Mr. Ian Taylor (Esher) : In the time remaining, I cannot make a speech, but I will make a gesture. Let me begin by paying my own tribute to the late John Smith. He and I were both positive about Europe : it meant a lot to him, and it means a lot to me. We were positive in the sense that we did not believe that the interests of the people of this country could be sustained and enlarged by a crabbed and inward-looking attitude, and the pretence that the nation state alone is sufficient.

Of course we differed in our solutions to the problem of achieving the type of Europe that we wanted to develop ; that was natural. One of the facts that have emerged over the years is that there is not always a British position in regard to the future of Europe, but there is often a Conservative or socialist position. In forming such attitudes, we may well want to find allies in like-minded parties throughout the Community.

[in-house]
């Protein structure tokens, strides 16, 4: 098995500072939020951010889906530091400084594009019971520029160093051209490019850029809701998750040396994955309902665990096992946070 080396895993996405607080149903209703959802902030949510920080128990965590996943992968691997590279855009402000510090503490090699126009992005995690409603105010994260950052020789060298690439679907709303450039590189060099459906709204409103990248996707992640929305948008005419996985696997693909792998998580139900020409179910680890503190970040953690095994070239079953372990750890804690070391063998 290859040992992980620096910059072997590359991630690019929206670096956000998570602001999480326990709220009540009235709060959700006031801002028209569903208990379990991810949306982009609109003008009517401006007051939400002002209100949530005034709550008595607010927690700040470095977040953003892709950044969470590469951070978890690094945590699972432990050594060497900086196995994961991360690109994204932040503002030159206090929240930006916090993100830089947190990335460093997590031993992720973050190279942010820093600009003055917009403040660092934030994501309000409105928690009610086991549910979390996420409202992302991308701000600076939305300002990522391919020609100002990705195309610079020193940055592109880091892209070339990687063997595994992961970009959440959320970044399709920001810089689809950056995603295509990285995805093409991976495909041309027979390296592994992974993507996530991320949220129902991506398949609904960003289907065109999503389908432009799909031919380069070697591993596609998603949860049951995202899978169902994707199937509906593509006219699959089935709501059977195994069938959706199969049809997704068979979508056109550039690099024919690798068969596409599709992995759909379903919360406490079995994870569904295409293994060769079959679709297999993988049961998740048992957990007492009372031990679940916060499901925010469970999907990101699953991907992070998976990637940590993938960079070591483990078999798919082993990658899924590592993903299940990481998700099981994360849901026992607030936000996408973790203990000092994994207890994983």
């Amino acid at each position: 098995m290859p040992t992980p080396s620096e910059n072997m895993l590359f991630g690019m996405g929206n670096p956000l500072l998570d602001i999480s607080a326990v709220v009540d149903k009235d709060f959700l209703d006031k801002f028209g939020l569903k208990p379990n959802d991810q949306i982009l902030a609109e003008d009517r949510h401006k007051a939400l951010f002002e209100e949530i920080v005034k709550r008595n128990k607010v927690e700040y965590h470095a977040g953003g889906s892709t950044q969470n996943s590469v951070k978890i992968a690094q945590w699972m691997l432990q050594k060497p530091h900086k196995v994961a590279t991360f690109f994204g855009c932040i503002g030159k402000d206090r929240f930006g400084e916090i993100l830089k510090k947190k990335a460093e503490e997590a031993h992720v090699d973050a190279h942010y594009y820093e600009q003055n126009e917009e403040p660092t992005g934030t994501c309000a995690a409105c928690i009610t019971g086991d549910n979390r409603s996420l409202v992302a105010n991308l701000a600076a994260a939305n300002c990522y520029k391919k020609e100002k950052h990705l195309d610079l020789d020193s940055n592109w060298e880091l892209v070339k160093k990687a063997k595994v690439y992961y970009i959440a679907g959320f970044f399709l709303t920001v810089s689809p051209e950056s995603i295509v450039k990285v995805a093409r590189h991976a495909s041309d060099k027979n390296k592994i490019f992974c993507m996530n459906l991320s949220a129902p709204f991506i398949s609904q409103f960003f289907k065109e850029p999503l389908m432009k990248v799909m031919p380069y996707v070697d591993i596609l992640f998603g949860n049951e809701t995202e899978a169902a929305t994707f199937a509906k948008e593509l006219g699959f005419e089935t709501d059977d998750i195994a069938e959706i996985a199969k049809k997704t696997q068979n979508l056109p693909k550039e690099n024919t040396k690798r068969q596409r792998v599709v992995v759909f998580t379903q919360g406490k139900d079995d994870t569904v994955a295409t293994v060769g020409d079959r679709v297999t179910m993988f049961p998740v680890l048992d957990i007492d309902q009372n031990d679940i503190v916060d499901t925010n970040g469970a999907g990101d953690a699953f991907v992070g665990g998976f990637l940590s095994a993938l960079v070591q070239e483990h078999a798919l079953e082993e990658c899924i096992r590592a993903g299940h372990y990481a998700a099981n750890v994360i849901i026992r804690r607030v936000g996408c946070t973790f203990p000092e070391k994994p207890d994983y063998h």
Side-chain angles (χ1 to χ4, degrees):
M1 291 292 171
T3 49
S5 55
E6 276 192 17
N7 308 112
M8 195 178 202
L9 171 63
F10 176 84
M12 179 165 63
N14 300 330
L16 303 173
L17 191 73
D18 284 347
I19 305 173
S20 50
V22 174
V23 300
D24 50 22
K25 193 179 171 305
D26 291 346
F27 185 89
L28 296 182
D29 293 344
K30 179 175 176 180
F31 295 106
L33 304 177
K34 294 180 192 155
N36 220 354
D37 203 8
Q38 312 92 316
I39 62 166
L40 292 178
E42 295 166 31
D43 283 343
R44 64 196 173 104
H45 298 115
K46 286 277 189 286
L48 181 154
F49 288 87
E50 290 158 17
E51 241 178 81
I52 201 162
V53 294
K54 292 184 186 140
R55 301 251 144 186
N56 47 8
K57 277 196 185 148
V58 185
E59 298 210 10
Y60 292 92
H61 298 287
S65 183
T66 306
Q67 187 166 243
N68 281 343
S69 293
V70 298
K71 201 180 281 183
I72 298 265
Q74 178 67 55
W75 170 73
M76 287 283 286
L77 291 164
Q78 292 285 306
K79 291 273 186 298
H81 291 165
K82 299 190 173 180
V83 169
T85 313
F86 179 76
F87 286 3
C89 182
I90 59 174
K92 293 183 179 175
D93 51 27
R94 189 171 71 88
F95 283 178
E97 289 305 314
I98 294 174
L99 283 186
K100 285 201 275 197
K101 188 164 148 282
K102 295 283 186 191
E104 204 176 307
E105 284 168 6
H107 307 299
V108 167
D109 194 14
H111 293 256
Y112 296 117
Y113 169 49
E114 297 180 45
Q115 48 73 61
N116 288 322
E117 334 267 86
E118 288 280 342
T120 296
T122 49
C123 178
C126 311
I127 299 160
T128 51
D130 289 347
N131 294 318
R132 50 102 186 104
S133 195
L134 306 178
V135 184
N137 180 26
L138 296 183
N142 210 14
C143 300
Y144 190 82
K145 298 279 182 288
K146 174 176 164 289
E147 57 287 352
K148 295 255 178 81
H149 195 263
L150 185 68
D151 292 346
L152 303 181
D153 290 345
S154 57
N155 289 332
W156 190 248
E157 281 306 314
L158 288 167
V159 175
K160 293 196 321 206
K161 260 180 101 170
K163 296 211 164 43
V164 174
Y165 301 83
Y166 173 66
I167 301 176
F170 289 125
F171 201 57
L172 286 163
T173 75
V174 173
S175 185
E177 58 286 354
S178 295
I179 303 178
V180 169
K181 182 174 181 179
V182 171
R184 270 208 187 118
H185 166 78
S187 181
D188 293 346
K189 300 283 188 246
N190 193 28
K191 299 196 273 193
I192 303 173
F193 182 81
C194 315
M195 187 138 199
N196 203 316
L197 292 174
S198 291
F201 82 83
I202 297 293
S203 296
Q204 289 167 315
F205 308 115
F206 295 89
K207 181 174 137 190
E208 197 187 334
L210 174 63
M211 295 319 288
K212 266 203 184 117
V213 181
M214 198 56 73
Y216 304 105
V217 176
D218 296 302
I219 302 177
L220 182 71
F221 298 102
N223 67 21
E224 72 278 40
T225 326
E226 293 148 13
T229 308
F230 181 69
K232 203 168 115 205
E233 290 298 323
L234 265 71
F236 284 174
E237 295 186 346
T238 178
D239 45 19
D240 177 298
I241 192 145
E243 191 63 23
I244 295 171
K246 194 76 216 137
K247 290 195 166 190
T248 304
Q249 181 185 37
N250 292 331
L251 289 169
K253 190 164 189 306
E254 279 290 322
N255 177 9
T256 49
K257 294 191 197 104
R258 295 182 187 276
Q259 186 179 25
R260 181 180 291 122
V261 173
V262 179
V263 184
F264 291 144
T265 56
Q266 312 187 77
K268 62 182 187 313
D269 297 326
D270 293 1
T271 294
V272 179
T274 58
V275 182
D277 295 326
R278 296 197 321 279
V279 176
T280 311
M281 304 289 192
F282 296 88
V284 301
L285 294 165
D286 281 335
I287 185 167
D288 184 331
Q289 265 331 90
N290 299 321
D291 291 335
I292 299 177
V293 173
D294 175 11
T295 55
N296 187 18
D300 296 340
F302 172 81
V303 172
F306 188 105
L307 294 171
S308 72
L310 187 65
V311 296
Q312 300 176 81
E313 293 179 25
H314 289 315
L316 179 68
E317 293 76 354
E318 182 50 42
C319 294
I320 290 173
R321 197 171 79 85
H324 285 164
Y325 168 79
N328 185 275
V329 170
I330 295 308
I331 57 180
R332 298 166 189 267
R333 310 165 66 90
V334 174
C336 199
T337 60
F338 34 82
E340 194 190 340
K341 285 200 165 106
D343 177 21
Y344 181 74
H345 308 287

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In my few minutes, I want to place something on record. If we are positive about what we can achieve for the British people by active membership of the Community, we shall succeed in ensuring that the British people themselves are enthusiastic about the Community. It is in our interests to have a common foreign policy, with all the uncertainty that surrounds us ; it is in our interests for that policy to include a common defence policy involving our building up the Western European Union.